Last week, The Portal had its quarterly Face to Face with Investors event. This time, presenters focused on sharing the things that startups and entrepreneurs need to successfully raise an investment round.

Speakers from multiple industries and backgrounds came to share their knowledge, and we have a few highlights!

Key Marketing KPI for Fundraising

Edwin Choi, Key KPI for Fundraising

Edwin Choi, founder of JetFuel Agency, shared some of the key KPI that startups should track as they prepare for fundraising.

Pick 2 – 3 metrics for success.

These metrics should usually be things that are indicative of your company’s revenue, growth, and retention. For startups with apps, these could be things like the number of monthly users, downloads, etc.

As you choose these KPI, you should mix quantity and quality. Don’t just collect the numbers for their own sake, but check on your revenue, the margin, and the cost for a sale. This way, you’ll be able to determine the sustainability of your techniques.

Utilize modeling and forecasting.

This will help you identify the levers that power your metrics, or the things that your team needs to do to maintain the numbers you need to keep up with your growth curve.

Create a bottom-to-top model.

When you start with the holistic KPI for your startup and then work your way down with modeling to identify what needs to be done, you’ve essentially created a top-to-bottom model. From there, you need to be able to create a bottom-to-top model that can motivate your employees as well.

Turn your KPI into actionable items that your employees can act on. This can help you encourage them to meet specific KPI by showing them how their actions can impact the numbers.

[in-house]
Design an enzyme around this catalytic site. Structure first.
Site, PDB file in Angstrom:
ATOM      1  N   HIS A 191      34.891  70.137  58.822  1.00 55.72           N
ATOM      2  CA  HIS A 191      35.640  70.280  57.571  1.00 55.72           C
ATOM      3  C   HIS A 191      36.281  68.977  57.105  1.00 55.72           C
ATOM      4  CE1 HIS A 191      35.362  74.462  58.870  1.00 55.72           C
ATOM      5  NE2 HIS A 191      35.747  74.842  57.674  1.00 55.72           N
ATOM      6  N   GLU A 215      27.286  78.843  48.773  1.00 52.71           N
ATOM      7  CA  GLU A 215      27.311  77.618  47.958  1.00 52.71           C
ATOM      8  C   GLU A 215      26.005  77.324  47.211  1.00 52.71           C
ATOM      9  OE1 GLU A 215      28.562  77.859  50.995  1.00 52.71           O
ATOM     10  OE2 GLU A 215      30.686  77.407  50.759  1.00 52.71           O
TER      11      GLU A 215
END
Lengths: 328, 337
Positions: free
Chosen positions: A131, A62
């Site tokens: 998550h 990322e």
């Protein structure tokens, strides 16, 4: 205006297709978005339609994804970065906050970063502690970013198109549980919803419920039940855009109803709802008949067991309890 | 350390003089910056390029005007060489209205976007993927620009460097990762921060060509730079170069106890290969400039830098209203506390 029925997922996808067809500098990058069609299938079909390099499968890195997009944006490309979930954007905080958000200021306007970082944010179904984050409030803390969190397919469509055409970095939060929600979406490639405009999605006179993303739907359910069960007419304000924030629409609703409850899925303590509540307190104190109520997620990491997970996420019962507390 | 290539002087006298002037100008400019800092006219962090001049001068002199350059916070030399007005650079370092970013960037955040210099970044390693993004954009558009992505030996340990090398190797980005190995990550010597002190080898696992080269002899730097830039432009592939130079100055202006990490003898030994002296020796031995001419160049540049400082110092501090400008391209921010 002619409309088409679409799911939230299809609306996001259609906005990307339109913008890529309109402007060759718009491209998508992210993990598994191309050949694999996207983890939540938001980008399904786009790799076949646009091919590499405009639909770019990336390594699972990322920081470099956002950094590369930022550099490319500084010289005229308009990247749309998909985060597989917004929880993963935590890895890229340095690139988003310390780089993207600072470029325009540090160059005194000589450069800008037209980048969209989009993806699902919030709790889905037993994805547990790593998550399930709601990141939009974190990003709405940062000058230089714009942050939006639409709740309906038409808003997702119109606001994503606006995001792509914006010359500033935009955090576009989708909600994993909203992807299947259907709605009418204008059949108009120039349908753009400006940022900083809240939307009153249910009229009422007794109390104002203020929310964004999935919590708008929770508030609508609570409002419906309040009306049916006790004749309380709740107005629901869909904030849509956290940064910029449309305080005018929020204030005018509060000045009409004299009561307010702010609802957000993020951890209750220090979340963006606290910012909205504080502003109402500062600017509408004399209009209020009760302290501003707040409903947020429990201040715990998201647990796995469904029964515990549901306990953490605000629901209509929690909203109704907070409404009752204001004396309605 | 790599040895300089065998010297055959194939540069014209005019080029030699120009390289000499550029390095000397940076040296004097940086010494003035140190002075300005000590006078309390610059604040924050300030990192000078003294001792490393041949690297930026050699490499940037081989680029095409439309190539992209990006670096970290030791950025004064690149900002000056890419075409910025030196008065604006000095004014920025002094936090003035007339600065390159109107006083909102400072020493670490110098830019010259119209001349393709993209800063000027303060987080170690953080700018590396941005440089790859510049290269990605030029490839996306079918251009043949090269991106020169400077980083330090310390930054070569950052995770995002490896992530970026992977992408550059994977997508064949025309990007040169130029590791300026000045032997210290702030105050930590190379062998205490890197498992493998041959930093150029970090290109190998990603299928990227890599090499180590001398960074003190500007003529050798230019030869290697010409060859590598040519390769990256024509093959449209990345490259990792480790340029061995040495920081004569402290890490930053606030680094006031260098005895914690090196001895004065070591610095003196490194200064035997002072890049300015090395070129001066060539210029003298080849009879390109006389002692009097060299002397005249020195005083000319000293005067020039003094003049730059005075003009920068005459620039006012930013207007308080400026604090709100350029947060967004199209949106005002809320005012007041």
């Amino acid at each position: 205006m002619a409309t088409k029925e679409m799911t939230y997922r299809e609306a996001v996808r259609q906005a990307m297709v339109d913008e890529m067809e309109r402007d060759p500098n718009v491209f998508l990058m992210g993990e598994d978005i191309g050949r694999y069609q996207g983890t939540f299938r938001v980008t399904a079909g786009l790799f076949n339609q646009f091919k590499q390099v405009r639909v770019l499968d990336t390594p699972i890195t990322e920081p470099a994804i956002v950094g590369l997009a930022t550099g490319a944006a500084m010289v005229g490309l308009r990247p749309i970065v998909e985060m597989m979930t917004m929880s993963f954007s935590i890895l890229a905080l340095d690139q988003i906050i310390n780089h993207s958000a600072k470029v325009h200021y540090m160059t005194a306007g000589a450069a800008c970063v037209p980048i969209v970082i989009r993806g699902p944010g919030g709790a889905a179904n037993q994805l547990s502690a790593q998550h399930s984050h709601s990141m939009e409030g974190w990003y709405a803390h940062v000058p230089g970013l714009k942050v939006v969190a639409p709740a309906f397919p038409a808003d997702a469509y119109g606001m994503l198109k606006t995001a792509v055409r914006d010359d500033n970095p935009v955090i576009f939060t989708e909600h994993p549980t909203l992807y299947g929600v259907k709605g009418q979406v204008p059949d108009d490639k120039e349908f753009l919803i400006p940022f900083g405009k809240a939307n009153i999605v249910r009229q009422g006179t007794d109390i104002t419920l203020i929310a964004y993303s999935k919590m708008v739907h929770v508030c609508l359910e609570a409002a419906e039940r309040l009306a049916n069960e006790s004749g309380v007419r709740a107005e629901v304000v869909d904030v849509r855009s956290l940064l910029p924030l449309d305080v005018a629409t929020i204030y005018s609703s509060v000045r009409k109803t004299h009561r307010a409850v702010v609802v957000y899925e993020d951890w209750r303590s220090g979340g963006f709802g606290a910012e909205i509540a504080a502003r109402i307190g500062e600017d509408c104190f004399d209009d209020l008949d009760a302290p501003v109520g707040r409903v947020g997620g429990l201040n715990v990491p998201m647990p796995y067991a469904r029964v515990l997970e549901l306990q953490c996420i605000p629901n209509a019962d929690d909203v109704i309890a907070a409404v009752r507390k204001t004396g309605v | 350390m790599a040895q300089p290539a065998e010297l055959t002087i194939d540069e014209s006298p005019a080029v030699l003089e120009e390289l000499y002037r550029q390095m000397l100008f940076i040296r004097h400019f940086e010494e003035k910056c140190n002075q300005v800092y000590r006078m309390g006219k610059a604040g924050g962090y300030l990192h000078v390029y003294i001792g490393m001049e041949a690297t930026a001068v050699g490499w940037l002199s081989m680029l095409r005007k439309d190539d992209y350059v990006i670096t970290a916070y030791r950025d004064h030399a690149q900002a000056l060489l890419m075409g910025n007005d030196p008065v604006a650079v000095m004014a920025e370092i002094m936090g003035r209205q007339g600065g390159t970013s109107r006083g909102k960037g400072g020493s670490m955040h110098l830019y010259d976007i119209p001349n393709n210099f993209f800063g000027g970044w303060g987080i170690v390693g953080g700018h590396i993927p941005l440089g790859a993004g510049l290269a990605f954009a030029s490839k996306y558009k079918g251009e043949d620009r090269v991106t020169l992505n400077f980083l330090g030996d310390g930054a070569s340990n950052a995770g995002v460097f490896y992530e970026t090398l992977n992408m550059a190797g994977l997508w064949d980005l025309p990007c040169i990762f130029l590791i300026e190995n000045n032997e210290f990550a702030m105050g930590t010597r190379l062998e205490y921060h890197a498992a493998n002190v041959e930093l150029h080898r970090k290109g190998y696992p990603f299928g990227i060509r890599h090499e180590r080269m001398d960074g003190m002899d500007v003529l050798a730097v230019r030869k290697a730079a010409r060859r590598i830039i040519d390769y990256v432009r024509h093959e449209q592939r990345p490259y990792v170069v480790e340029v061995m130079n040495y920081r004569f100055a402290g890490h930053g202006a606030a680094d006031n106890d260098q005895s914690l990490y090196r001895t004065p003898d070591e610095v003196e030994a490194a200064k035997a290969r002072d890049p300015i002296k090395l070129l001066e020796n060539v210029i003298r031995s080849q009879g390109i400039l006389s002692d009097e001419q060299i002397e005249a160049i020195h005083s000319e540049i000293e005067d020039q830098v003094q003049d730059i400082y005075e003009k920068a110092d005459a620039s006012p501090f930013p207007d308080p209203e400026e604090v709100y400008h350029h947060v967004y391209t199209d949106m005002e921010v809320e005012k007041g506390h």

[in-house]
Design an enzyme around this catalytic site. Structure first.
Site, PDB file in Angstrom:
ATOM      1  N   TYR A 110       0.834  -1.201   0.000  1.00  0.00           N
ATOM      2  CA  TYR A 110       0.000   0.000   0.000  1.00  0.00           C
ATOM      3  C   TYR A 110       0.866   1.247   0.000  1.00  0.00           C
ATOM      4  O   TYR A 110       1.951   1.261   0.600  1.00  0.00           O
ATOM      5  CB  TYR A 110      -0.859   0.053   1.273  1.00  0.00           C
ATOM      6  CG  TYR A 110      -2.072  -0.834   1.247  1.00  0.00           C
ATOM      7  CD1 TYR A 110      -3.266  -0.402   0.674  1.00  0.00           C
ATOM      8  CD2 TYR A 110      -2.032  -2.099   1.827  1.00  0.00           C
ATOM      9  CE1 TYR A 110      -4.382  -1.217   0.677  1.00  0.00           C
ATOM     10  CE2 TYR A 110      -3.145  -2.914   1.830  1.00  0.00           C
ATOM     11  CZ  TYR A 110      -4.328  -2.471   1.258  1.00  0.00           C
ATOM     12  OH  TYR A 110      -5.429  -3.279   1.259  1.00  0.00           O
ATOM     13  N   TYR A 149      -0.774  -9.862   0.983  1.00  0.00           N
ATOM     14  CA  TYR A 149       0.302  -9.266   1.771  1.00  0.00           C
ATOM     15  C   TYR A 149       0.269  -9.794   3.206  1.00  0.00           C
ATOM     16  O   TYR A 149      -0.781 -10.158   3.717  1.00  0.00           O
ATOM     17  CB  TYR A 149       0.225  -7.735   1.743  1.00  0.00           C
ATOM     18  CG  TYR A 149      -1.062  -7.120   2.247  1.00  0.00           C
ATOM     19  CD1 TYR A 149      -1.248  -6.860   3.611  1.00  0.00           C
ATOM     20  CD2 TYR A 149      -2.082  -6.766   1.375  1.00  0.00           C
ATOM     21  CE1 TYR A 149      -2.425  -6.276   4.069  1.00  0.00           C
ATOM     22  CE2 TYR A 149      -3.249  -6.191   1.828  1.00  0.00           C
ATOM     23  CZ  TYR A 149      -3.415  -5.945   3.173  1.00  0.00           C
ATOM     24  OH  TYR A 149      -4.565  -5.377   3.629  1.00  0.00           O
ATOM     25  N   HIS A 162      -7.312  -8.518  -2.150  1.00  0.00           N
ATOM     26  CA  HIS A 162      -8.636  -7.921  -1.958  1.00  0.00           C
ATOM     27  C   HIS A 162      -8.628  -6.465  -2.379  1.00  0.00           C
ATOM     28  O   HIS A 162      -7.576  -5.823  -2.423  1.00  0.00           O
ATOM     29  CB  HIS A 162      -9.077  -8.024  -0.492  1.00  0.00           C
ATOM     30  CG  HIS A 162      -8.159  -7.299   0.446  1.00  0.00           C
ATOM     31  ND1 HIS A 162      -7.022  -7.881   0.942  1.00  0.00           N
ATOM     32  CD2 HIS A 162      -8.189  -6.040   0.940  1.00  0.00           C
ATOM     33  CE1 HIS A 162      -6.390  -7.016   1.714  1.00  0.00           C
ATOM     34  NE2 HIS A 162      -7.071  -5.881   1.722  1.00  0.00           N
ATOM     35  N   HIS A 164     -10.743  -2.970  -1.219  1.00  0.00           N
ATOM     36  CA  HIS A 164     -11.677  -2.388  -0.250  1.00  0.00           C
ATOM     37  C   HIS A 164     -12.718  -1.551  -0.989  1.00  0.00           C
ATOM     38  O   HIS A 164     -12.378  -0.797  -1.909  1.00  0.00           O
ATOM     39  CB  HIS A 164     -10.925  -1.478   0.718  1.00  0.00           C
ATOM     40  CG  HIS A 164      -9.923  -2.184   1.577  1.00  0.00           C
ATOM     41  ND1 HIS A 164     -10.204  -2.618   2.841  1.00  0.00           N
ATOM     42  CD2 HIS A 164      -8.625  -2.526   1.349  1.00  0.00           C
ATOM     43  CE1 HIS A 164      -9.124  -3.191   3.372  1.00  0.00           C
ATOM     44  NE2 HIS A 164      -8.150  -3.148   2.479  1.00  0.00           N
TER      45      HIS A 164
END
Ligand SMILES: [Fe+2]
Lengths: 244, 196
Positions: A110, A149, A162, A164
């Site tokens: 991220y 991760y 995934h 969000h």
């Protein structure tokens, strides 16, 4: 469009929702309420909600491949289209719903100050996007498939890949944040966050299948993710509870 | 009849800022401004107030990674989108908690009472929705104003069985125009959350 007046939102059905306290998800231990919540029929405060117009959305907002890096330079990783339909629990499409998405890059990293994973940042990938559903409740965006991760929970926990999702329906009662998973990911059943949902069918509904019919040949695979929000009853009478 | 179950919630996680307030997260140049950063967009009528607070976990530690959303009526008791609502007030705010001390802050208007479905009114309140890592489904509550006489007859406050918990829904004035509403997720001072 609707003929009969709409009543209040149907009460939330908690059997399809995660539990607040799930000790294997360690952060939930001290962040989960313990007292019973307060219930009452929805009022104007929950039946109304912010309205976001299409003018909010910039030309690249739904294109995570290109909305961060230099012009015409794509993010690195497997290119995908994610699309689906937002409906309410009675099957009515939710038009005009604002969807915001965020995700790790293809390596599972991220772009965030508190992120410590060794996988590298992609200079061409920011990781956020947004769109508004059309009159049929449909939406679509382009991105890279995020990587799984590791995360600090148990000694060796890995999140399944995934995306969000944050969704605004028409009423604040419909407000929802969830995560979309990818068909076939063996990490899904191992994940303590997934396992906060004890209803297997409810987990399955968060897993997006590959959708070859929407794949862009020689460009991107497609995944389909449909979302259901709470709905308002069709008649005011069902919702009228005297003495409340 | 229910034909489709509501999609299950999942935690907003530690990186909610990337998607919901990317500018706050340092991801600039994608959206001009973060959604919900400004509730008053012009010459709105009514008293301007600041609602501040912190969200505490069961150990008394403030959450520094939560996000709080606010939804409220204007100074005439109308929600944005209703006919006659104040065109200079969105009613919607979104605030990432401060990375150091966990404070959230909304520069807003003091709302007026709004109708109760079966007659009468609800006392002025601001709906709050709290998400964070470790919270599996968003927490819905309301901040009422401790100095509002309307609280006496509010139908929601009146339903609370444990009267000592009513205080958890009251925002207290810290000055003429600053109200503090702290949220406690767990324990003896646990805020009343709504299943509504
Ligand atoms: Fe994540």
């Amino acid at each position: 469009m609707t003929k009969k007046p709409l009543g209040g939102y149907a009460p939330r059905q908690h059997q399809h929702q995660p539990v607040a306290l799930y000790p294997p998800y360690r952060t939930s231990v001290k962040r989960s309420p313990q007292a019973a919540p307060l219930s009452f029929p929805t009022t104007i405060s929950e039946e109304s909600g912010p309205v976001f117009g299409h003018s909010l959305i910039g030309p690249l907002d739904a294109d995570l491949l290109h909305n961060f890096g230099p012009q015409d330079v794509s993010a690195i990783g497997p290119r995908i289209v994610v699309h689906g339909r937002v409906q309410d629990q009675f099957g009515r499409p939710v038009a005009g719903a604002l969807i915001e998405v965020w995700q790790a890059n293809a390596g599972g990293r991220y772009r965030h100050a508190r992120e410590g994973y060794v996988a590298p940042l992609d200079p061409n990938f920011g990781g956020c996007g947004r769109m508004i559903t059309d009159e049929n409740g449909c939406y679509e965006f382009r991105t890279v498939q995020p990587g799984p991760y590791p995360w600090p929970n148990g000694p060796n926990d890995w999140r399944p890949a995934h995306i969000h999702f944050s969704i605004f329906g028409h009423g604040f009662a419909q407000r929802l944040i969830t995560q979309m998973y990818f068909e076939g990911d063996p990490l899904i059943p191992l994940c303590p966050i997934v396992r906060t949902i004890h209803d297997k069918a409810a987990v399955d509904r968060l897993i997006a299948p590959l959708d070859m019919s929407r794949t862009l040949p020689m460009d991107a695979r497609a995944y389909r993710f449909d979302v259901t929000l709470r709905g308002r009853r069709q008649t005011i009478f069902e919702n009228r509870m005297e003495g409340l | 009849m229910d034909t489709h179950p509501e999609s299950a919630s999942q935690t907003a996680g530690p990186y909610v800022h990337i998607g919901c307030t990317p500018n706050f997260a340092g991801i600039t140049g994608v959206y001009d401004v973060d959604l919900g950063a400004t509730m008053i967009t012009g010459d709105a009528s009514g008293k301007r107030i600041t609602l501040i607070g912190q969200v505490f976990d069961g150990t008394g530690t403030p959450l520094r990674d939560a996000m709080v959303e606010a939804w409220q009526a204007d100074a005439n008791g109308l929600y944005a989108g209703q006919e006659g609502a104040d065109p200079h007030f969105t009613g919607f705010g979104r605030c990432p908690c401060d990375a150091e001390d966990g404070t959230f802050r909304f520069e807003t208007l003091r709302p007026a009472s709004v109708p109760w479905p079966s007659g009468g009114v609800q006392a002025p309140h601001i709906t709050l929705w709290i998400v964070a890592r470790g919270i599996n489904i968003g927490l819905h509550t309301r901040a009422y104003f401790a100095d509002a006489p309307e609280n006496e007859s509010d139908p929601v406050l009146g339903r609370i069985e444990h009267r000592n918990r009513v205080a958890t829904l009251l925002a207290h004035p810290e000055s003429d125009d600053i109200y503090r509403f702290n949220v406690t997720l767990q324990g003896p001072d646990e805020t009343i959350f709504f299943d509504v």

The Secrets of Getting Funding from Investment Groups

panelists for "Secrets of Getting Funding"

This panel of experienced investors including Phil Gill, Patrick Flynn, Jay Cormier, and Howard Mirowitz, moderated by David Friedman, sat down and shed some light on some of the things they thought were important for a successful investment pitch.

Show how scalable your startup is.

When companies are pitching to these investors, they want to see big, scalable ideas. Investors want to see that you have an idea that someone can’t duplicate easily, or something that only your team is uniquely capable of achieving.

Investors are also looking for realistic business plans, how your startup will achieve your goals, and ultimately what their returns will be.

A strong team is key.

There are lots of different factors that can go into the way investors evaluate your team, so building a strong team is a good way to make your startup stand out from all the other startups that investors are pitched about day in and day out.

Your CEO will be the person making your startup’s business case, so make sure they know the goal of the company. In a similar vein, your CEO will also be the person leading your team, so the way that they motivate and lead is a key factor for consideration. Not every founder or CEO has to have done it before, but even if they have and failed, at least they’ve learned what not to do.

Your pitch should highlight your team’s adaptability. Show your team as the only group of people uniquely capable of building your solution and running your startup.

Tell your story.

You can have a presentation that touches on all the must-haves and key statistics, but there is no way to find a template that can tell your business’ unique story.

Start with the problem you’re solving, what your solution is, and why you and your team are the only ones that can solve the problem you’ve identified. Your story will be the way that you capture investors’ attention, so make sure that you put your team’s best foot forward in your presentation.

Did you miss these, or any of the other panels and presentations at Face to Face? Don’t sweat it!

You can find a recording of the latest Face to Face here.